London? Been there. Provence? And there. Hawaii? Please, you've got so many leis you could open a tiki bar tomorrow.
Yet it wasn't too long ago that these were among the hot spots to which luxury travelers flocked.
"Five years ago, if you had been to London or Rome or any of the other quote on quote majors, you had really been somewhere," says Michelle Anderson, a travel specialist at Admiral Travel Gallery, a Florida-based travel agency that focuses on luxury trips. "These places elicited wows."
- In pictures: Status-symbol trips
- In pictures: 10 great guy getaways
- In pictures: Ritzy private dining rooms
So wow-worthy that today's well-heeled have been there time and again and become, well, bored with them.
The result? Spending a week in the South of France or taking a family trip to the Big Island has lost some of its luster, and travelers aren't satisfied with the same old spots. Instead, they're seeking a crop of never-before-done destinations.
"[People] today are much more traveled than other generations before them and have seen all the classic destinations," says Tom Armstrong, corporate communications manager at Tauck World Discovery, a Connecticut-based luxury travel tour operator. "Now, luxury travelers are going further afield or hitting places that weren't viable before because the tourism structure wasn't developed in terms of hotels and restaurants."
Croatia is among them. Tourists, Armstrong says, are drawn to several local UNESCO World Heritage sites, including the Cathedral of St. James in Sibenik; the Dalmatian Coast, which some call "the new Rivera"; and dozens of historic villages. A spate of new luxury hotels such as the 169-room Grand Villa Argentina in Dubrovnik, a medieval city on the shores of the Adriatic Sea, also make the area attractive to well-heeled travelers.
India is high on the list of travelers looking for never-before-visited spots, say travel agents. They are attracted by historical sights such as Palace of Winds in Jaipur, tropical Kerala on the Malabar Coast, and Goa's beach resorts.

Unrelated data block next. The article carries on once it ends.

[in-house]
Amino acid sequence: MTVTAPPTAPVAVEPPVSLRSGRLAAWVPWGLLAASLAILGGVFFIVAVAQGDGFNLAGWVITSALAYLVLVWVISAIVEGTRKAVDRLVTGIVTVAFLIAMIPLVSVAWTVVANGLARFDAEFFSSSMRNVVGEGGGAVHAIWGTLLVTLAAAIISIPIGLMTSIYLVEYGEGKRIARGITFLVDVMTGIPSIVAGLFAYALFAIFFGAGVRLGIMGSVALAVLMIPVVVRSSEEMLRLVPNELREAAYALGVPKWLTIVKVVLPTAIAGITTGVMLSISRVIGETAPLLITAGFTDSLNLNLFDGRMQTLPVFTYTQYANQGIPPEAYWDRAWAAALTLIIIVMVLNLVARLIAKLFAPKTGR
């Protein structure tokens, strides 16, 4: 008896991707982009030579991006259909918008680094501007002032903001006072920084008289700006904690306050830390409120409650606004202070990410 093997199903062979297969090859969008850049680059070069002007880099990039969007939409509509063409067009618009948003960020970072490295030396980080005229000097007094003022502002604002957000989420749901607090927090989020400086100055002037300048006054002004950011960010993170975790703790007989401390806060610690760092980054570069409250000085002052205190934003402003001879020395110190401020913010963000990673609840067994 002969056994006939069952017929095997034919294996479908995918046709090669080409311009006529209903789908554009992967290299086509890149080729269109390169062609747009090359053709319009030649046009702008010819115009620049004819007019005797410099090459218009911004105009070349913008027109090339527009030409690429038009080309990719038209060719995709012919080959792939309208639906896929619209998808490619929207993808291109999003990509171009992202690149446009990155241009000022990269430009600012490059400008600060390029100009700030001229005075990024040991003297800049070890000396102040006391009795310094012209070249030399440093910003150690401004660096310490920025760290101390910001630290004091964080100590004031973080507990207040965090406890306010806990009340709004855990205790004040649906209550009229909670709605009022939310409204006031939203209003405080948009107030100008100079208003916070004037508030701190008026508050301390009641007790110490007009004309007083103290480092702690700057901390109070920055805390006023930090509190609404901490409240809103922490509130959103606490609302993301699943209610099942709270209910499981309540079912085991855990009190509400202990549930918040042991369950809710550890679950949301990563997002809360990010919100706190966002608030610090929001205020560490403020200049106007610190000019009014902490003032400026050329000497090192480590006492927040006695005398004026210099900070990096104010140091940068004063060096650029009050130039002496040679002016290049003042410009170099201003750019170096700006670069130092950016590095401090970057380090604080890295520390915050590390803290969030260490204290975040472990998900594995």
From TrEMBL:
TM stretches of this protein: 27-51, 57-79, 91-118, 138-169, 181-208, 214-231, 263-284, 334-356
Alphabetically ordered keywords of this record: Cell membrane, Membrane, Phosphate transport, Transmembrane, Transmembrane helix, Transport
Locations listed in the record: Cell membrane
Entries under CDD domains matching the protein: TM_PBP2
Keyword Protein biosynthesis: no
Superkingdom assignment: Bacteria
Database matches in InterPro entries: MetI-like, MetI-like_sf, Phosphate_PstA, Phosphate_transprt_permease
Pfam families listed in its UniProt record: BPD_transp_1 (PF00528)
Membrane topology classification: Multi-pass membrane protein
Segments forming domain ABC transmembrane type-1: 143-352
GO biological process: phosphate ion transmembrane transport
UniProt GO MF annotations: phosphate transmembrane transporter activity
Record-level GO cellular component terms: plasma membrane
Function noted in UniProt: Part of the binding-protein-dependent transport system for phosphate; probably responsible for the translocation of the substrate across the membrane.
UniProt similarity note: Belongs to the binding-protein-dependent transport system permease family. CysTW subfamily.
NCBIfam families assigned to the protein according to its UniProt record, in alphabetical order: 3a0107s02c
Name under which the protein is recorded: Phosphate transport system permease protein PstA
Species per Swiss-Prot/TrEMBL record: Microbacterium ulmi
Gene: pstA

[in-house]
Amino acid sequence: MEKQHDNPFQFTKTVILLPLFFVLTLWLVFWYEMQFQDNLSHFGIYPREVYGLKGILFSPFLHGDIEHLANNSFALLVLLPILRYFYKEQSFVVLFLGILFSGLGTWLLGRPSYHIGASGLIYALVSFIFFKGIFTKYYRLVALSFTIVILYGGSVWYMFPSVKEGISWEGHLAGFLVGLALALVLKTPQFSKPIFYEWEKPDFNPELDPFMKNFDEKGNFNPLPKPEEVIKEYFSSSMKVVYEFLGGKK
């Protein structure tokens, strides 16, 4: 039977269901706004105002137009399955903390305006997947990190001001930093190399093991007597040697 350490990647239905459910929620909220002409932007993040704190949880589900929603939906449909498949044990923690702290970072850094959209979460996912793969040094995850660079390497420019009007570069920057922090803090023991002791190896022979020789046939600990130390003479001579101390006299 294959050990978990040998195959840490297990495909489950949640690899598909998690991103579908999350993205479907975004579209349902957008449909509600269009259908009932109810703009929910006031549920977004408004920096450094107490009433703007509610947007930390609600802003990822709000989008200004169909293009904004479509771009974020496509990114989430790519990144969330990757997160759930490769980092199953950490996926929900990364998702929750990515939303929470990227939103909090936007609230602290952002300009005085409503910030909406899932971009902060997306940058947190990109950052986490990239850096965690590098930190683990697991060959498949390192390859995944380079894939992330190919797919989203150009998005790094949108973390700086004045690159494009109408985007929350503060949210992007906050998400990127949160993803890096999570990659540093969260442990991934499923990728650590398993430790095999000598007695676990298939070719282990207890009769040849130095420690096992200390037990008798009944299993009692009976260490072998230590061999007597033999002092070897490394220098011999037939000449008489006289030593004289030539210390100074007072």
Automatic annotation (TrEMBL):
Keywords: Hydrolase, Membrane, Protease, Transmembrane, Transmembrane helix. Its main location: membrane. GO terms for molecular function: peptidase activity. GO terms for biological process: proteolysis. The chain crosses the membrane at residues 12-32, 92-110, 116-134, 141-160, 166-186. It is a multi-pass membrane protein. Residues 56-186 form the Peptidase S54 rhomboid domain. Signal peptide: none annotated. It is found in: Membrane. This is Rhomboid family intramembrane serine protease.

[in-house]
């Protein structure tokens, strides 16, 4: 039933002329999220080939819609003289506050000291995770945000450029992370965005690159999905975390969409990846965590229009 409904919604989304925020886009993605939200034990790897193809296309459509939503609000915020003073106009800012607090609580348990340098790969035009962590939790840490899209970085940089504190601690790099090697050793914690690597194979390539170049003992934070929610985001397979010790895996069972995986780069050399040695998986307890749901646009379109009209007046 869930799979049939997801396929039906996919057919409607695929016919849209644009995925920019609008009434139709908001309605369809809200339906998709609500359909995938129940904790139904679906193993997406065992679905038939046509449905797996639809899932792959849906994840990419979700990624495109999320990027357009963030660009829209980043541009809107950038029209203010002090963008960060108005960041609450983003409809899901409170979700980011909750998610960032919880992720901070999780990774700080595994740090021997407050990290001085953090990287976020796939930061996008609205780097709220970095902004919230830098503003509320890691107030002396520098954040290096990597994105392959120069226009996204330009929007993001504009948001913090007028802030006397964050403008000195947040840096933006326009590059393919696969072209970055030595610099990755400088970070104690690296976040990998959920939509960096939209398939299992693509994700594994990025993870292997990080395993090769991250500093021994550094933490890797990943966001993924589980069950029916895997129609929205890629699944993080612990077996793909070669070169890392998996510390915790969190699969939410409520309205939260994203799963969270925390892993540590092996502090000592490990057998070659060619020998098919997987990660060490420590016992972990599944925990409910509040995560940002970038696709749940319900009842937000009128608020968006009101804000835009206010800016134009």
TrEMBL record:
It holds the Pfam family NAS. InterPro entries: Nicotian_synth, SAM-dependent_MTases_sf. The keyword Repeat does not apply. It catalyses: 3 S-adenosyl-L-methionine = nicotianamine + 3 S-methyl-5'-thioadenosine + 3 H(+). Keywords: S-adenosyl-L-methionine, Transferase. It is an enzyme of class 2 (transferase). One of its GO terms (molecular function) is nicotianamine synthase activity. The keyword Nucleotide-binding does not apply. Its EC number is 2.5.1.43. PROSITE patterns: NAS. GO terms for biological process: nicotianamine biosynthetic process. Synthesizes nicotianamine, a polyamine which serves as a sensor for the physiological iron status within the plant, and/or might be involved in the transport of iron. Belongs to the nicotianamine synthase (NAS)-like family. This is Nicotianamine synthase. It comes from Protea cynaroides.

Asia is also seeing an influx of visitors.
Jody Bear, owner of the New York City-based Bear & Bear custom luxury travel agency, says that for the past year she has received a higher frequency of calls about Vietnam and Cambodia. "Interest in these countries," she says, "is up at least 20% in the last year."
The draw? Angkor in Cambodia brings travelers eager to explore the Angkor Wat temple complex which is the largest in the world and is spread out among 40 miles. Temples like Angor Wat and Phnom Bakheng can keep history buffs occupied for more than a week.
In Argentina, the cognoscenti indulge their oenophile instincts in Mendoza, a vineyard-rich region about two hours by plane from Buenos Aires. With Argentina's wine receiving international attention and luxury hotels like Cavas Wine Lodge, which opened in late 2005, offering upscale accommodations, travelers are finding this a worthwhile region to visit.
Access doesn't come cheap, and luxury tours to far-off places might run more than $10,000 a week. But the growing popularity of off-the-beaten-track trips means that bargain hunters can find deals.
For example, Indus Travel, a tour company with locations in Canada and the U.S., offers a 27-day trip to India, with prices starting just shy of $3,000. All hotels, sightseeing and some meals are included.
If these new destinations sound exciting but you can't part with your regular trips to Rome or Provence, don't worry about being unfashionable.
"The old places aren't not hot," Bear says. "You can still go to them. It's just that the list of the places you have to visit just got longer."